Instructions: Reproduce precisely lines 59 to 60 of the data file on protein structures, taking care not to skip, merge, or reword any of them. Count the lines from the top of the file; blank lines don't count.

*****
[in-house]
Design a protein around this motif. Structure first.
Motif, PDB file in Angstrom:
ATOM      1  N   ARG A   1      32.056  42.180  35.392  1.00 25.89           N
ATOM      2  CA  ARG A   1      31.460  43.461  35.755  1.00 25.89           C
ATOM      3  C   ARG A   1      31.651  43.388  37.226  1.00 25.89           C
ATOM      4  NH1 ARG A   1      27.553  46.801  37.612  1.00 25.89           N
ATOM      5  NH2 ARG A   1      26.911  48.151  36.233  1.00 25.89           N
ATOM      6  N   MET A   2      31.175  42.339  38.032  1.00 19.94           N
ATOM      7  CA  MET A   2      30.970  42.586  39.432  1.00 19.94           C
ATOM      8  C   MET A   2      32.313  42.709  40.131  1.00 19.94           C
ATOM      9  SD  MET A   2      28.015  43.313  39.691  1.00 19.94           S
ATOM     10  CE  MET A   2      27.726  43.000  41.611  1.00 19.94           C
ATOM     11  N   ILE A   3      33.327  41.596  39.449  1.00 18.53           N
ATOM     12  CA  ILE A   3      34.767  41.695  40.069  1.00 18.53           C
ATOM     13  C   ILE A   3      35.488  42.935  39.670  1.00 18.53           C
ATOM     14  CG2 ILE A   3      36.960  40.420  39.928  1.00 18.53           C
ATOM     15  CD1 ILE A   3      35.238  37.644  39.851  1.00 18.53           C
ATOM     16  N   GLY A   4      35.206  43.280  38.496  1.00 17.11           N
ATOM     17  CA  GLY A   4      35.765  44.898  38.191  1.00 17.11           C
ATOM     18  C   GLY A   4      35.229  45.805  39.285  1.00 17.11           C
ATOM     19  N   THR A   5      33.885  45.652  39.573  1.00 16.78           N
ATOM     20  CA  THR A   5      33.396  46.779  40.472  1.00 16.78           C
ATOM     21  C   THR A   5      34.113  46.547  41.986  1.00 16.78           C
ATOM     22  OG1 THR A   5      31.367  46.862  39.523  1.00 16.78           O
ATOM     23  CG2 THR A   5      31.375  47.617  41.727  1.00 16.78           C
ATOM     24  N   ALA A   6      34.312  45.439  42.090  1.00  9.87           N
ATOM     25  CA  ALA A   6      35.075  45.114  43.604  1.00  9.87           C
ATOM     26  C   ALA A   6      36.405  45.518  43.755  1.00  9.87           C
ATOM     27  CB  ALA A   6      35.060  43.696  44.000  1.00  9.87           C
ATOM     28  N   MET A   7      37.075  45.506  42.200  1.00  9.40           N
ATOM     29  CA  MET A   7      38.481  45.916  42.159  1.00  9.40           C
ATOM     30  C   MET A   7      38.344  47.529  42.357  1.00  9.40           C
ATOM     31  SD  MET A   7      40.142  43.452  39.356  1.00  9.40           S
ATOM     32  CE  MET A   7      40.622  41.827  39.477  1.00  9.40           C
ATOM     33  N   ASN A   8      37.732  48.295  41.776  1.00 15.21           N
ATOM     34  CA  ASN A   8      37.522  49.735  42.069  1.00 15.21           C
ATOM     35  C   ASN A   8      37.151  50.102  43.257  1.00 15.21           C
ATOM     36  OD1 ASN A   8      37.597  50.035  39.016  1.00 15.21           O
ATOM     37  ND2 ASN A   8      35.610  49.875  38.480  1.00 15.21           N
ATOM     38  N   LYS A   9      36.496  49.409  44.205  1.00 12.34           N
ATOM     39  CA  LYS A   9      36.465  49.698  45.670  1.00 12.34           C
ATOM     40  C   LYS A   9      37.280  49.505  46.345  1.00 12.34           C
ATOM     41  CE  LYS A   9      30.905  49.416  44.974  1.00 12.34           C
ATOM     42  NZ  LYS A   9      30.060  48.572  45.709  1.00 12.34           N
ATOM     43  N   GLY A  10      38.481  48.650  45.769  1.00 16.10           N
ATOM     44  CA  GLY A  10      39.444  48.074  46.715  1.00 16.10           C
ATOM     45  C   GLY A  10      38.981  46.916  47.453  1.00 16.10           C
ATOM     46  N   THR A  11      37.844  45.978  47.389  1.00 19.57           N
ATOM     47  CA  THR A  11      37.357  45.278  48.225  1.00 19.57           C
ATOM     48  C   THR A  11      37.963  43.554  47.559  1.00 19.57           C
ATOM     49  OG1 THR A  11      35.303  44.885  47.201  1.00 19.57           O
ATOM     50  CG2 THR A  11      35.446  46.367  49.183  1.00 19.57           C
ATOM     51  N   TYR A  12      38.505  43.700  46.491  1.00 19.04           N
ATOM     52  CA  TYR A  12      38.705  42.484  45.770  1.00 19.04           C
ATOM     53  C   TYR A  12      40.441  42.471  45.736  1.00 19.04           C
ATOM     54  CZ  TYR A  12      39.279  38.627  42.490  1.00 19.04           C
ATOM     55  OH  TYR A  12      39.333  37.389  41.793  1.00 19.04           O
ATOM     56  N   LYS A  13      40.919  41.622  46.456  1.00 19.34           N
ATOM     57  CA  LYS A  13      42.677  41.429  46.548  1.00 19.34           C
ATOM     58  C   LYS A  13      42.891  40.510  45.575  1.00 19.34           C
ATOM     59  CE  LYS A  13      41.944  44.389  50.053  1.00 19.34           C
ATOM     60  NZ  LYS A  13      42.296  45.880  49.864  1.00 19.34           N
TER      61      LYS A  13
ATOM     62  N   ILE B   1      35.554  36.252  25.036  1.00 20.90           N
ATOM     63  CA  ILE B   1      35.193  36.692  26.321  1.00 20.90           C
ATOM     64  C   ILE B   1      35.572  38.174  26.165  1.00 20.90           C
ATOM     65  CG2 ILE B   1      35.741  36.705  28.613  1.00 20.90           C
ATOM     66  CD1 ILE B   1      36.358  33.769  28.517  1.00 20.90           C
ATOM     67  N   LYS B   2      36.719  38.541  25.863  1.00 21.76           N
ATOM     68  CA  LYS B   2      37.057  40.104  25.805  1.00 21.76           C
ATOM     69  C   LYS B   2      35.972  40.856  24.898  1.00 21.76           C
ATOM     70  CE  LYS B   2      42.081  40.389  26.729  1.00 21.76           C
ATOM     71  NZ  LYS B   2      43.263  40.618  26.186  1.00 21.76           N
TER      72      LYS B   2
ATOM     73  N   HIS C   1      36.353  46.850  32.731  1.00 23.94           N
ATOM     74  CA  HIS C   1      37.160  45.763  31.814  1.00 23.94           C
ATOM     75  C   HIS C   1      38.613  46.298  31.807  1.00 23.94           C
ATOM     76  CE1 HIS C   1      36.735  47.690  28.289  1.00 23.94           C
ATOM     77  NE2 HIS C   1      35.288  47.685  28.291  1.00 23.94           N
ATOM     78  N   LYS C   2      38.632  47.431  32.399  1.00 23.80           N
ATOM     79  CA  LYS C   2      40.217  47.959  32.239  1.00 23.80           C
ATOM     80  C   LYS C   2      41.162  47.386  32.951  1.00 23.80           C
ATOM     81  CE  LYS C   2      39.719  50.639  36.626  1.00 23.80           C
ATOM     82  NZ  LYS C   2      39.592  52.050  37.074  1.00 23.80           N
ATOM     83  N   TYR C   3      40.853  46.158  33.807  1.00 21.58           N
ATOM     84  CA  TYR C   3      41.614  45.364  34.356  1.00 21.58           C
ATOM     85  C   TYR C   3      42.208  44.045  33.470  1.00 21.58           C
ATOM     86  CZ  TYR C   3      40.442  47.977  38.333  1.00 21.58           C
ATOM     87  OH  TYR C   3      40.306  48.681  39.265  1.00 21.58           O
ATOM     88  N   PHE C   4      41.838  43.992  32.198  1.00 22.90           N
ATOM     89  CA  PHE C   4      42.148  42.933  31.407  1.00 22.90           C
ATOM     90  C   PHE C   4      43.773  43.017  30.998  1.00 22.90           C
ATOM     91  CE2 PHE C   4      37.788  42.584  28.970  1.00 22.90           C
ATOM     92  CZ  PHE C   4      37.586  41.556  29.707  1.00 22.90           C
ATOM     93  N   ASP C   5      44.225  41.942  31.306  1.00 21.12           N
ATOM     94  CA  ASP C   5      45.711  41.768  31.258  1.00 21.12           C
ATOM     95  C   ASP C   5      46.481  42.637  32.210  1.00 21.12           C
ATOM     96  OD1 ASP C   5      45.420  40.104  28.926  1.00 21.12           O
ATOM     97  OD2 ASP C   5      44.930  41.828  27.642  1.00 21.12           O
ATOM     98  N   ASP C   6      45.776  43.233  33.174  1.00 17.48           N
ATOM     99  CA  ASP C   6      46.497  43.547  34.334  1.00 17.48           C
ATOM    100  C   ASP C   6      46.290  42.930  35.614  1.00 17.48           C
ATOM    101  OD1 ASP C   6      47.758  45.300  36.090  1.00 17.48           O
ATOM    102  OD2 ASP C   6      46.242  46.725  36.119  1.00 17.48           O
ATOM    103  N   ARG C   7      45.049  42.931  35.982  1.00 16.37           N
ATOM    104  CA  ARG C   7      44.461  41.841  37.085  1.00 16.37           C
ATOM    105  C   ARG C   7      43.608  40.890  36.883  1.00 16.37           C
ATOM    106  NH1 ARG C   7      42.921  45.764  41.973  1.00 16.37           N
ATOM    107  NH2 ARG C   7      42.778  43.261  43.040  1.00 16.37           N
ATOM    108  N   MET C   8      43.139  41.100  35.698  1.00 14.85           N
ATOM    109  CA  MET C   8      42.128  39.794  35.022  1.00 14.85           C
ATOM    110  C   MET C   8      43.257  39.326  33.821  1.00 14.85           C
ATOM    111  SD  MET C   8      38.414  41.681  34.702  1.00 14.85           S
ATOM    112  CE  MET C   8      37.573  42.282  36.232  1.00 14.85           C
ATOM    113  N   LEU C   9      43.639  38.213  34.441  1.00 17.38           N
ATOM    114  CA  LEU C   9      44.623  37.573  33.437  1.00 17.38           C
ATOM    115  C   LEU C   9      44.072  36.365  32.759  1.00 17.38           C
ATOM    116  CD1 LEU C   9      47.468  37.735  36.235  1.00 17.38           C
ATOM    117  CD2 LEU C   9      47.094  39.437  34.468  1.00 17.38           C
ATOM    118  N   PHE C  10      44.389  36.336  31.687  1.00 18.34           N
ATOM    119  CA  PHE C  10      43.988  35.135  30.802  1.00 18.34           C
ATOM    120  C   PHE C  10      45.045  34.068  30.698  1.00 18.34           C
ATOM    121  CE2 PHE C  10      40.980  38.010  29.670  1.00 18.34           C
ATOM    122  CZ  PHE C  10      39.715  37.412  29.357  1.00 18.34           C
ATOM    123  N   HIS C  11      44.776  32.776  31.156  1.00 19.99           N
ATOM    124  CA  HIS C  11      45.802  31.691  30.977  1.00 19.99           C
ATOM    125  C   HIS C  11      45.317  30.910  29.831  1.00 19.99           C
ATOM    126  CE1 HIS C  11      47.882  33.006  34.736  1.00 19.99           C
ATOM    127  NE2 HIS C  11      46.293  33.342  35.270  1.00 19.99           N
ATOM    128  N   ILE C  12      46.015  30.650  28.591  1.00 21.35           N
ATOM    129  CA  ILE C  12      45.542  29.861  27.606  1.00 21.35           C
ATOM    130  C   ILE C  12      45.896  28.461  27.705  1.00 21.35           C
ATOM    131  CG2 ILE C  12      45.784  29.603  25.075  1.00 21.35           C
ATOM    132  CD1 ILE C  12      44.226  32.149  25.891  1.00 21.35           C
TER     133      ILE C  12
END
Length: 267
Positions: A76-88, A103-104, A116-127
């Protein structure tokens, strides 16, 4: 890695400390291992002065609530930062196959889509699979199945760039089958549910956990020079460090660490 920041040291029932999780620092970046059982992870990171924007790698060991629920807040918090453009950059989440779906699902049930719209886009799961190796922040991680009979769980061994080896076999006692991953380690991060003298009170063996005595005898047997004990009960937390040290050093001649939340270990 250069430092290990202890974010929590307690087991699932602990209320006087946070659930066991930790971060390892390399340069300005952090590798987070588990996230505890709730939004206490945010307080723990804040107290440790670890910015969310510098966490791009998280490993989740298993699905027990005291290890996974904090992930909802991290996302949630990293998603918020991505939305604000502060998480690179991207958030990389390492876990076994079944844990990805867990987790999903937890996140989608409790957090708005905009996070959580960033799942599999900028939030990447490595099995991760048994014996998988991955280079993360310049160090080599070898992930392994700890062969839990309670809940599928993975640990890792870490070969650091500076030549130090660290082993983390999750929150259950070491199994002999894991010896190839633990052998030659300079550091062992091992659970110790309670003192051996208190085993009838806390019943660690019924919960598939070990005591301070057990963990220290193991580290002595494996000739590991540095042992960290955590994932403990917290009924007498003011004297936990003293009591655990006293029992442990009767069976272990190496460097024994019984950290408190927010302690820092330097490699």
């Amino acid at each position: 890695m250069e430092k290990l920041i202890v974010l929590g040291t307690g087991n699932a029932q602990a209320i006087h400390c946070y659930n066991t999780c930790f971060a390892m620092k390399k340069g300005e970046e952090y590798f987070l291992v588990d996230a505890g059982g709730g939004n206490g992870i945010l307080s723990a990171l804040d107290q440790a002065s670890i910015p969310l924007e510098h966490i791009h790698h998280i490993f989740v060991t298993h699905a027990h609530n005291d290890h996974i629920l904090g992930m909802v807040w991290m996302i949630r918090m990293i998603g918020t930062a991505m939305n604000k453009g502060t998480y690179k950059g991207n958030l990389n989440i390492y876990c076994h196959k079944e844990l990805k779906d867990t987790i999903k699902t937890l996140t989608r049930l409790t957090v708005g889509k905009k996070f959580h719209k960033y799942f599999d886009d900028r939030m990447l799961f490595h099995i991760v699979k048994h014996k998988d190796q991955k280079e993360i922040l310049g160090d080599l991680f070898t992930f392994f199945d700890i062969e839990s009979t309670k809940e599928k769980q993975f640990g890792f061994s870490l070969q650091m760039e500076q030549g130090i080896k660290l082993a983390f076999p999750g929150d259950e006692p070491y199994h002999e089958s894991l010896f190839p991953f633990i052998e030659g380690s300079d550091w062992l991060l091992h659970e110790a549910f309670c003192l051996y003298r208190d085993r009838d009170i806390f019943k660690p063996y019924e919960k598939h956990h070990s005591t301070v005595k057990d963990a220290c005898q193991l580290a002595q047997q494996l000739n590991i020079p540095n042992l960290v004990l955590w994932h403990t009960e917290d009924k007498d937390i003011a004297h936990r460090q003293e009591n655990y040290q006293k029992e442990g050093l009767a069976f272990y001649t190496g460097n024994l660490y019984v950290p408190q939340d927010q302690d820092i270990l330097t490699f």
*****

ATOM     56  N   LYS A  13      40.919  41.622  46.456  1.00 19.34           N
ATOM     57  CA  LYS A  13      42.677  41.429  46.548  1.00 19.34           C